It has and is still working tirelessly to convince the various ethnic groups in the country to believe that the history of Zimbabwe is synonymous with that of the Zezurus and that the first war of liberation for the country was the prerogative of the Zezurus.
In Harare, the capital city of the country, buildings with key government functions have been named after the aforesaid Zezuru mythical and legendary figures as a constant reminder to the nation that the Zezuru ethnic group emblems the history of the country and that the heroes of the first war of liberation were Zezurus.
He was accorded this provincial hero status presumably for endeavouring to promote cultural nationalism and for propping up the image of the ruling ZANU-PF party and the Zezurus in his literary works.
He published various papers on his Mbire clan from whom the Zezurus descent.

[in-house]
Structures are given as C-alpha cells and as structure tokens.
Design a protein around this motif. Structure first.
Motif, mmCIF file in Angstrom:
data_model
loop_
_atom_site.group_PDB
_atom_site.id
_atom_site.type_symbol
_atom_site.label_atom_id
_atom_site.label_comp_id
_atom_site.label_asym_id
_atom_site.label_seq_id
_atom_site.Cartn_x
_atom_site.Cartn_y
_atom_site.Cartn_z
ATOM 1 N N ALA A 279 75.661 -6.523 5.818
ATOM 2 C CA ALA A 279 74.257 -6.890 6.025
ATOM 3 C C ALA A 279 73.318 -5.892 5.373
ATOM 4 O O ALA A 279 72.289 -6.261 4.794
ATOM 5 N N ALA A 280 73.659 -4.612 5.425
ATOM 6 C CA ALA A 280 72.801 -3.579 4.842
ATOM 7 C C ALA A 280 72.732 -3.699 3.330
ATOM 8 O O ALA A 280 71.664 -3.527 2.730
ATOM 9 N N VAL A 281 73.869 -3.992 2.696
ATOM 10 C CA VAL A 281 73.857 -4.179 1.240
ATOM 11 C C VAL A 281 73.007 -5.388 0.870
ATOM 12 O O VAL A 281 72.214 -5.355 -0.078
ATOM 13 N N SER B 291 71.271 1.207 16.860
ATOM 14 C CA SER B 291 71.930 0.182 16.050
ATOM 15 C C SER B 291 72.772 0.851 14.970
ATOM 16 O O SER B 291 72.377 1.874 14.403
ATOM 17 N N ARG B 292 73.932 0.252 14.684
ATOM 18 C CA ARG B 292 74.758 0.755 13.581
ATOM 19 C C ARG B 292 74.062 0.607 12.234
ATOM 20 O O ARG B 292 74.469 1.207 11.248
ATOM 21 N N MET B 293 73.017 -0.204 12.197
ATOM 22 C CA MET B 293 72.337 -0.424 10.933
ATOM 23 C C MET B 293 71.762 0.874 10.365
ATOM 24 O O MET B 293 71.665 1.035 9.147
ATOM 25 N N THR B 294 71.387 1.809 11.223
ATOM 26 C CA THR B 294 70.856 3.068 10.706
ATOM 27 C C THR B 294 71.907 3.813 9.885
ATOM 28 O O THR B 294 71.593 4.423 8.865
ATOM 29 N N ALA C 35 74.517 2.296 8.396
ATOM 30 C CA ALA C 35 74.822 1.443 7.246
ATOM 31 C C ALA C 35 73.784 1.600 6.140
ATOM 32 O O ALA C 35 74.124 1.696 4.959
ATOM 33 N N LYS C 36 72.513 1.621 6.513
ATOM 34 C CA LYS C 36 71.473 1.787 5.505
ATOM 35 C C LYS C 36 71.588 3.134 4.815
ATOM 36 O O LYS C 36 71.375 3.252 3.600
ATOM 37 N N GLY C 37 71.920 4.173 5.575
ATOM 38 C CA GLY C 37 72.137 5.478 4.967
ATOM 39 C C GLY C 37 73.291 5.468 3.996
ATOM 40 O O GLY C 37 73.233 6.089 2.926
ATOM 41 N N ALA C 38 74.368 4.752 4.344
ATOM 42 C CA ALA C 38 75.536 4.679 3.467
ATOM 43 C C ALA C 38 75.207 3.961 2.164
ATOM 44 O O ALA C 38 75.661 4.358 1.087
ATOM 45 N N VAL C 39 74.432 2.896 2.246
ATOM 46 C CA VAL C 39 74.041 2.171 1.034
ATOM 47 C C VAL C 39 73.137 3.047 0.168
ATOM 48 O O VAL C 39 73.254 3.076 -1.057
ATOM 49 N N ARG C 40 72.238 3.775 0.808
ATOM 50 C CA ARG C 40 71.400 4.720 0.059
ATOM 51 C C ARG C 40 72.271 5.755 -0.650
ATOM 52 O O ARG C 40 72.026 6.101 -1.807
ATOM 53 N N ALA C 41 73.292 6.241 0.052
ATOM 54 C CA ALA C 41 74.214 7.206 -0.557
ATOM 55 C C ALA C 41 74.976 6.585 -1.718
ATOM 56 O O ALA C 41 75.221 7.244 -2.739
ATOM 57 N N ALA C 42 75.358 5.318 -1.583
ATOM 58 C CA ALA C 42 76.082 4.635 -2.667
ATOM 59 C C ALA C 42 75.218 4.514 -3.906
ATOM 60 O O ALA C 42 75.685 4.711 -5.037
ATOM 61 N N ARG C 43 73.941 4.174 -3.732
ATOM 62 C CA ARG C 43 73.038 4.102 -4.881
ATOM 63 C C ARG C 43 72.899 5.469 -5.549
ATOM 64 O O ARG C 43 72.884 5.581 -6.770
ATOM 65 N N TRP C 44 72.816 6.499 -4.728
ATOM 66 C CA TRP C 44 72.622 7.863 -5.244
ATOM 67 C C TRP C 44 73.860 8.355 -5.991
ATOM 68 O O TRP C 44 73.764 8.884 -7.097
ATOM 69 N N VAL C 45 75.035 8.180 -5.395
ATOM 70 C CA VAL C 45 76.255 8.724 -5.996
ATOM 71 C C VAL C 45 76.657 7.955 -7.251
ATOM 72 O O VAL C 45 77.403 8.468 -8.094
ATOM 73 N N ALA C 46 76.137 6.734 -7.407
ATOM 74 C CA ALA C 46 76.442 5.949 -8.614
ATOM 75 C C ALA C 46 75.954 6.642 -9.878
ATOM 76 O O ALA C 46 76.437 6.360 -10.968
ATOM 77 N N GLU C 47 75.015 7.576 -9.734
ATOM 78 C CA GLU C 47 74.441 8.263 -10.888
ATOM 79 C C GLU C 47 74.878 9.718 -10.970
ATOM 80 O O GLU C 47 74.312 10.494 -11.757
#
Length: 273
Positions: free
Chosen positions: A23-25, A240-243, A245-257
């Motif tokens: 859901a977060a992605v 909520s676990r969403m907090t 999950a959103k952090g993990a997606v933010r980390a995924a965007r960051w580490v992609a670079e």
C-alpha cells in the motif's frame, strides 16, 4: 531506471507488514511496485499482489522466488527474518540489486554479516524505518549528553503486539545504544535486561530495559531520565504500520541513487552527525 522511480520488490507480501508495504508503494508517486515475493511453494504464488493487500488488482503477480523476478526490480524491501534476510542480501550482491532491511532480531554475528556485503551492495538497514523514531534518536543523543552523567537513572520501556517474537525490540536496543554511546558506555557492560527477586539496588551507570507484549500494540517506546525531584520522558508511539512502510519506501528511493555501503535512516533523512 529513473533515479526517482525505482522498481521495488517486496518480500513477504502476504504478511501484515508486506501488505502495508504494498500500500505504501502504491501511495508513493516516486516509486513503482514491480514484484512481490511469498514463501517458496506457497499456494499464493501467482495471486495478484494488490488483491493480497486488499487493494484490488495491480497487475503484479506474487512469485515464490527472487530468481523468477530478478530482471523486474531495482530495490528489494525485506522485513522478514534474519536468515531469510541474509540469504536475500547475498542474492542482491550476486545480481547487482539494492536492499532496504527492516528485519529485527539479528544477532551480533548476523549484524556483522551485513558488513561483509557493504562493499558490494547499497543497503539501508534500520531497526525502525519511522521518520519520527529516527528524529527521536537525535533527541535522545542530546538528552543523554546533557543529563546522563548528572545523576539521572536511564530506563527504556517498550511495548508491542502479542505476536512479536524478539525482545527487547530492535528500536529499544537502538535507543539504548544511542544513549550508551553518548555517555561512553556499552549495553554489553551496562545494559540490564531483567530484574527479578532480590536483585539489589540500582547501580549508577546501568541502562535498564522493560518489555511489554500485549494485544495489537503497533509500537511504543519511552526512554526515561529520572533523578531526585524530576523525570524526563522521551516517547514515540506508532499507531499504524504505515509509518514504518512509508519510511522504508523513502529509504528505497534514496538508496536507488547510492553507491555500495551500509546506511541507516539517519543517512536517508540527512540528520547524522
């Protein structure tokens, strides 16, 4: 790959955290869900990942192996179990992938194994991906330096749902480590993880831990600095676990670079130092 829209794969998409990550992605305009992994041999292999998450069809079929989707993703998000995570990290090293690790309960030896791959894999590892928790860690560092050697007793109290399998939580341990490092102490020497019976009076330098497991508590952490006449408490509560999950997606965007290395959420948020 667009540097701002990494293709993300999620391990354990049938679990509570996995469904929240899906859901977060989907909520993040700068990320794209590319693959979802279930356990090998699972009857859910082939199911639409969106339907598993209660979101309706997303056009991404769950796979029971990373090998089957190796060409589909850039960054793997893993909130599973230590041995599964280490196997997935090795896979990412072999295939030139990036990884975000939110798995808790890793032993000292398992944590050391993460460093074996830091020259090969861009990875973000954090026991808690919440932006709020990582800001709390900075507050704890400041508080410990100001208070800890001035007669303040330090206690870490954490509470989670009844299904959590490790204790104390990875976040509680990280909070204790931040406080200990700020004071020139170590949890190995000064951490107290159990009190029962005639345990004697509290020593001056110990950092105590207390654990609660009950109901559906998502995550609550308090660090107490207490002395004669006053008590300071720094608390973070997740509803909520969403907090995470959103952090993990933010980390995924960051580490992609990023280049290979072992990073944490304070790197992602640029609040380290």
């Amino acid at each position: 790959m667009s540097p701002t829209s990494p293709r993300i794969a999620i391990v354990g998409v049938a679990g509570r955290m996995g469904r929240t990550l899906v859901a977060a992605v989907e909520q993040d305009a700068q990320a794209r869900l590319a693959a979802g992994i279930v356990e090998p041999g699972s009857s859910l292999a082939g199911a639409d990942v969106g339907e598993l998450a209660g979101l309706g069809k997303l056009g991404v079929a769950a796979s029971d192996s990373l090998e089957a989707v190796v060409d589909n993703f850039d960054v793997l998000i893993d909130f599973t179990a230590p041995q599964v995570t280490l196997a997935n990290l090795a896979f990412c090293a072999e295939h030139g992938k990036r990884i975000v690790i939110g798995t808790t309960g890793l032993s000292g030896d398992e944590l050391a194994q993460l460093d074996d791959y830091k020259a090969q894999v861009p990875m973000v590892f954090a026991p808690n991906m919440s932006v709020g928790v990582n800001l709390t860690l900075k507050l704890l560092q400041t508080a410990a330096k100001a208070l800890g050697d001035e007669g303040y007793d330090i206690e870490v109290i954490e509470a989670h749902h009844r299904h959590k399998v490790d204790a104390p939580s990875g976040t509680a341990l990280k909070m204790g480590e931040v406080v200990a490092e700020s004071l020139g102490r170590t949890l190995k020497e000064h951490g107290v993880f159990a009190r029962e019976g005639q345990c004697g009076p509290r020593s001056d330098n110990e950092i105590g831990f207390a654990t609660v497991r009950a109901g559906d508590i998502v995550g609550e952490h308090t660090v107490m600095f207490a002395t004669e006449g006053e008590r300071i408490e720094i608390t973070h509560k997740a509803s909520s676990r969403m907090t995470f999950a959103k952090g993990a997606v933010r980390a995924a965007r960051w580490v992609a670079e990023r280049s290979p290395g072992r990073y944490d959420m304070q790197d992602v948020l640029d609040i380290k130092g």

This could have been the sort of vision that Mutsvairo had when he wrote his novels but then their settings, plots and protagonists seem to suggest that the history of Zimbabwe is the history of the Zezurus of which he is one.
On reading his novels one gets the impression that heroes of the first Chimurenga were all from Mazoe and Zezurus.
Nehanda's involvement is minimal, only as a consultant for the Zezurus on rare occasions in different parts of the country.
The Chaminuka, Nehanda and Mapondera hero-myths are therefore creations by the Zezurus to cow other Zimbabwean ethnic groups into submission.
However, his major weakness is that he equates the history of Zimbabwean people with that of the Zezurus.
However his fiction has weaknesses that falsify Zimbabwean history to the extent of equating it with the history of the Zezurus.
Mutsvairo's fiction has been written from the Zezuru perspective to further cement the ruling ZANU-PF party's hold onto power in the country.
In his first novel, Feso (1957), he has a poem dedicated to a Zezuru mythical figure, Nehanda and this poem was recited by politician during the struggle for liberation.